Another Day of Opposites
Opposite Day. Investors were in a selling mood again today, following the latest batch of relatively solid economic data. We're in a good-news-is-bad-news period for the market, as a stronger economy and job market are seen as clearing the way for a more forceful Federal Reserve.
Essentially, the better the economy, the more the central bank needs to pump the breaks to slow things down and get inflation under control—its top priority of late. Higher interest rates are a negative for stock valuations, and there's always the risk of the Fed going too far and pushing the economy into a recession.
Today's data included a 0.3% rise in U.S. retail sales in August—beating estimates for no change. Weekly initial unemployment claims declined to 213,000—versus the 225,000 consensus estimate. Another big hike from the Fed is still very much in the cards next week.
The problem for the market is that there's isn't a clear way out of the current volatile malaise, other than inflation coming down convincingly. Would weak economic data that suggests an impending recession send stocks rallying? Unlikely, given that's exactly the fear that helped send stocks falling to their worst first half of a year in decades to start 2022.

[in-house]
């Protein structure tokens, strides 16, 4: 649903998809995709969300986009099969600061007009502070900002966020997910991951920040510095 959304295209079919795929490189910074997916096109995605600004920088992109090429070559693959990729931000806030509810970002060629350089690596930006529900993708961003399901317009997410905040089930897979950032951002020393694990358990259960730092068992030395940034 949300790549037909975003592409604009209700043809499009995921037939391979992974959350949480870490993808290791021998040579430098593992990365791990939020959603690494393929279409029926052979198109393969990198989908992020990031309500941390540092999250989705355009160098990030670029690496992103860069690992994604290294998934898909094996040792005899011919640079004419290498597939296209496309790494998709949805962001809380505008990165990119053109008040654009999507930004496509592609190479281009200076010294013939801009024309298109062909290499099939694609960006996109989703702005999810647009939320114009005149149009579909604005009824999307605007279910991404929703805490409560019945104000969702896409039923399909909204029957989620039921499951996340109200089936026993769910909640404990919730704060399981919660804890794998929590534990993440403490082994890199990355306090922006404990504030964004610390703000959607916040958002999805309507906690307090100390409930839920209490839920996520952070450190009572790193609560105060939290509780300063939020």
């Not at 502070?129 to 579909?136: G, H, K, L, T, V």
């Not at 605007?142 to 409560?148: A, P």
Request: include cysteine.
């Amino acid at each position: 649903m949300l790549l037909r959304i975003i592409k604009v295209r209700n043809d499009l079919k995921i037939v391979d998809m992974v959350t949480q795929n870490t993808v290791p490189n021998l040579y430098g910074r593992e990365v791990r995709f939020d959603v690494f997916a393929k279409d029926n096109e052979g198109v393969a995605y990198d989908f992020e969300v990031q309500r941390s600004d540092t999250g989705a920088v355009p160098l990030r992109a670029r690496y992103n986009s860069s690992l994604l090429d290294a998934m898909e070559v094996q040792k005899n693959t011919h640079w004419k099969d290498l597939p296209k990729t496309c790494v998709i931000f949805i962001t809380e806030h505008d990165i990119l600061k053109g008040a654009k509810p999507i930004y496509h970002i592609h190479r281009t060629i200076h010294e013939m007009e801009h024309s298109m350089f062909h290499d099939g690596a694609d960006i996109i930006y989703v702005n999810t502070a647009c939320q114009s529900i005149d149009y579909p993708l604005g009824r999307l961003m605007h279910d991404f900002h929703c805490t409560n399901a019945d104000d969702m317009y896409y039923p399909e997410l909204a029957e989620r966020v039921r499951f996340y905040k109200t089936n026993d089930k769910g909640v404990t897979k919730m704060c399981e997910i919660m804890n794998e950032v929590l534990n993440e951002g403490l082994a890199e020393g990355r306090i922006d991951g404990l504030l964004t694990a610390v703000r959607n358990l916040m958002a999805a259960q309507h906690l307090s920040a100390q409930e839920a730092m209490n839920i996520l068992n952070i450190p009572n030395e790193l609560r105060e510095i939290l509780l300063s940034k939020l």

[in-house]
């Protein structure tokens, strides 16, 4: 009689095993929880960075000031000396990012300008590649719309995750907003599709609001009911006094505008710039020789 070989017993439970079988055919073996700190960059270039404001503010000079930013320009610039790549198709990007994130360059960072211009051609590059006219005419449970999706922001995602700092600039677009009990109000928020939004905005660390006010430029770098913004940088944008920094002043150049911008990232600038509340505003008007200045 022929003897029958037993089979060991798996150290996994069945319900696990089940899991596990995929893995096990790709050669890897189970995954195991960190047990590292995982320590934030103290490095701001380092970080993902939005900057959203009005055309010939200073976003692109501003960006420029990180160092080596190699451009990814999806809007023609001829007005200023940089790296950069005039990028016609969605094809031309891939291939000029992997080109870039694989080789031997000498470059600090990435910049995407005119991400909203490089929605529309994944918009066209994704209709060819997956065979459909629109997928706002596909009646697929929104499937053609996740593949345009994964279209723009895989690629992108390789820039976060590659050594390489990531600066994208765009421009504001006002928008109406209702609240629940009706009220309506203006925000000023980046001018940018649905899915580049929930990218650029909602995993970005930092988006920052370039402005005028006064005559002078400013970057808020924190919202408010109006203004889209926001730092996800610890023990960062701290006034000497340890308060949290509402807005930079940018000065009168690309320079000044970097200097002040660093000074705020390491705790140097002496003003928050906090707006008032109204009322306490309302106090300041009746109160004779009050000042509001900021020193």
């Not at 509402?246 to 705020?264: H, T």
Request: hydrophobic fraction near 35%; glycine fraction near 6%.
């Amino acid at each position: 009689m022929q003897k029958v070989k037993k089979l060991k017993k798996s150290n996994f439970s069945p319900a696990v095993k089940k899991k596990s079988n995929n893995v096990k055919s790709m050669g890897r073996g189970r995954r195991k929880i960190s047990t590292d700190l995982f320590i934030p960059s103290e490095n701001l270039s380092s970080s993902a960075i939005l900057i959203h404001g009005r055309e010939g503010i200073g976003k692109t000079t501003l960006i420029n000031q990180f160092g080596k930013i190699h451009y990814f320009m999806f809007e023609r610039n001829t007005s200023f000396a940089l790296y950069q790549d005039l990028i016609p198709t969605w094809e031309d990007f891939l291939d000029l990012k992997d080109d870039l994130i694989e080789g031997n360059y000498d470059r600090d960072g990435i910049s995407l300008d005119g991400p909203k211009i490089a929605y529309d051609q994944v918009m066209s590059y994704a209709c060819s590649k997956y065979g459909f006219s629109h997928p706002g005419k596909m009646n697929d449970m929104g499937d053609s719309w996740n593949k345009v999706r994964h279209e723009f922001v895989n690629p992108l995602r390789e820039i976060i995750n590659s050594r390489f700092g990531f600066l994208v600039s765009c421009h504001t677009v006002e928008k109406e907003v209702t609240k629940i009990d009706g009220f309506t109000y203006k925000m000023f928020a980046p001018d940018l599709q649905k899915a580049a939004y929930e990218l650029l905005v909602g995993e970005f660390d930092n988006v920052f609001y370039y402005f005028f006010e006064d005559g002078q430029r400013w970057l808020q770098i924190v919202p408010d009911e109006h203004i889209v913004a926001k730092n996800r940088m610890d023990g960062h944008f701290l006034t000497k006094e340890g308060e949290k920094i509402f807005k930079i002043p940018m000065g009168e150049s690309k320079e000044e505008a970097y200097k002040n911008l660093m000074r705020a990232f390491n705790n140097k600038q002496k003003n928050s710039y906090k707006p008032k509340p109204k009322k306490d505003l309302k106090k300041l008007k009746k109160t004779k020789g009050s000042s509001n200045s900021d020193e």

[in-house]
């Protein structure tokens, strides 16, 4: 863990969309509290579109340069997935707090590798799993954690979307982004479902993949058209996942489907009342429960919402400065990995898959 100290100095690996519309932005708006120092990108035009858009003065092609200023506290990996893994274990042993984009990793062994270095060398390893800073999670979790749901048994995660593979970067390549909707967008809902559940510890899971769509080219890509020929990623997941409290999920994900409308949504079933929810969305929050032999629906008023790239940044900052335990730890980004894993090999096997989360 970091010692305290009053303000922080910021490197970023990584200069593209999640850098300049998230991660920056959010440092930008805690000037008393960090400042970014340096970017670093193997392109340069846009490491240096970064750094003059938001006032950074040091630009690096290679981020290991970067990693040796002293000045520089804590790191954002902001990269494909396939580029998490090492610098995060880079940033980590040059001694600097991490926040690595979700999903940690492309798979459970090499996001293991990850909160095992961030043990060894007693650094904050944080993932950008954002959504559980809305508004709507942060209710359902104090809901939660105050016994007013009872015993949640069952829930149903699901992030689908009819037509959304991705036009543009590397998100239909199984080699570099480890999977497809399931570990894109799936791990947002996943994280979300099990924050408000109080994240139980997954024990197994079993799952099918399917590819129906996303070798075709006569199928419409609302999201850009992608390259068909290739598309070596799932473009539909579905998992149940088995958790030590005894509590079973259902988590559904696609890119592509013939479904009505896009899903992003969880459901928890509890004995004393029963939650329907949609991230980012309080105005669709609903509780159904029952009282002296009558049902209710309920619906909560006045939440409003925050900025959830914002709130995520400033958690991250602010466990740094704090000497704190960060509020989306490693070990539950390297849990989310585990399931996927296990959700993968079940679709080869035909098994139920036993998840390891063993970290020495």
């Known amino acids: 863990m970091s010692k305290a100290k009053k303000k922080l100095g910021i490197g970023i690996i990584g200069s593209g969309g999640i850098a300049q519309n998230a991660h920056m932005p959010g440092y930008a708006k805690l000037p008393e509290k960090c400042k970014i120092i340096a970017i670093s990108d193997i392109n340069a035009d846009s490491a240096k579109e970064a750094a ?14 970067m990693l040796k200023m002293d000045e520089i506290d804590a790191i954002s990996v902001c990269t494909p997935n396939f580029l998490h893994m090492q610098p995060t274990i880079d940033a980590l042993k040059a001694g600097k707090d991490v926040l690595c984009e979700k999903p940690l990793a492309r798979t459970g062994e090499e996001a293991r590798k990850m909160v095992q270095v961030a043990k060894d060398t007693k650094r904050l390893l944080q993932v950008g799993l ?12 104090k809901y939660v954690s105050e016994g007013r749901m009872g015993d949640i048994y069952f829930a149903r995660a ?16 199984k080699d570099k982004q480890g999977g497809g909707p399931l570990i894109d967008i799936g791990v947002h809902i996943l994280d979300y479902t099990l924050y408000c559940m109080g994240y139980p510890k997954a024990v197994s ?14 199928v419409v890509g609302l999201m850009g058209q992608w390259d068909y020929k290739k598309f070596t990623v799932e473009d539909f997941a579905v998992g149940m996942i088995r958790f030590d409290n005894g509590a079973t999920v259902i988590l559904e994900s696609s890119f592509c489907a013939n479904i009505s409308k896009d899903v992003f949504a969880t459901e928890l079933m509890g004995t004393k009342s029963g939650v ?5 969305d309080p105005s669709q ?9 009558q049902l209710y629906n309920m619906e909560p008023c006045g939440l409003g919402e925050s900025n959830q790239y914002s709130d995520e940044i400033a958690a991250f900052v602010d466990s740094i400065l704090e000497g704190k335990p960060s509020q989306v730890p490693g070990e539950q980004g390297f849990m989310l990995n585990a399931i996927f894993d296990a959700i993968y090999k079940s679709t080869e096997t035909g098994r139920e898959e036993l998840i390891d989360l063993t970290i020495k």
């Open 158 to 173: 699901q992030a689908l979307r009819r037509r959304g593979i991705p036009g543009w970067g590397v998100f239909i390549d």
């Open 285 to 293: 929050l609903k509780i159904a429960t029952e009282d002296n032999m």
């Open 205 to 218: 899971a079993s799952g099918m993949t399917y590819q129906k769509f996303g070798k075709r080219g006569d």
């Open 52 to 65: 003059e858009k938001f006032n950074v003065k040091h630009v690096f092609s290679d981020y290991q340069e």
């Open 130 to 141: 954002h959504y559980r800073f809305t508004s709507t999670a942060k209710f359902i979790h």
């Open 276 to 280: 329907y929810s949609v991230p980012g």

“MY BIG FEAR NOW is that good economic data will be viewed as NEGATIVE (higher rates), bad economic data will be viewed as NEGATIVE (hard landing, lower potential corporate earnings),” wrote Mizuho’s Jordan Klein today.
The S&P 500 finished the day down 1.1%, the Dow Jones Industrial Average fell 0.6%, and the Nasdaq Composite slid 1.4%.
Over in the bond market, "cash is no longer trash" writes Barron's Andrew Bary today.
The 2-year U.S. Treasury note now yields 3.9%, up from 0.7% at the start of 2022. Not bad at all for essentially risk-free debt. Rates on some money-market funds have hit 2%. Yields across markets have climbed this year and could continue rising as central banks raise interest rates. Fixed income is actually providing some income these days, for the first time in 15 years.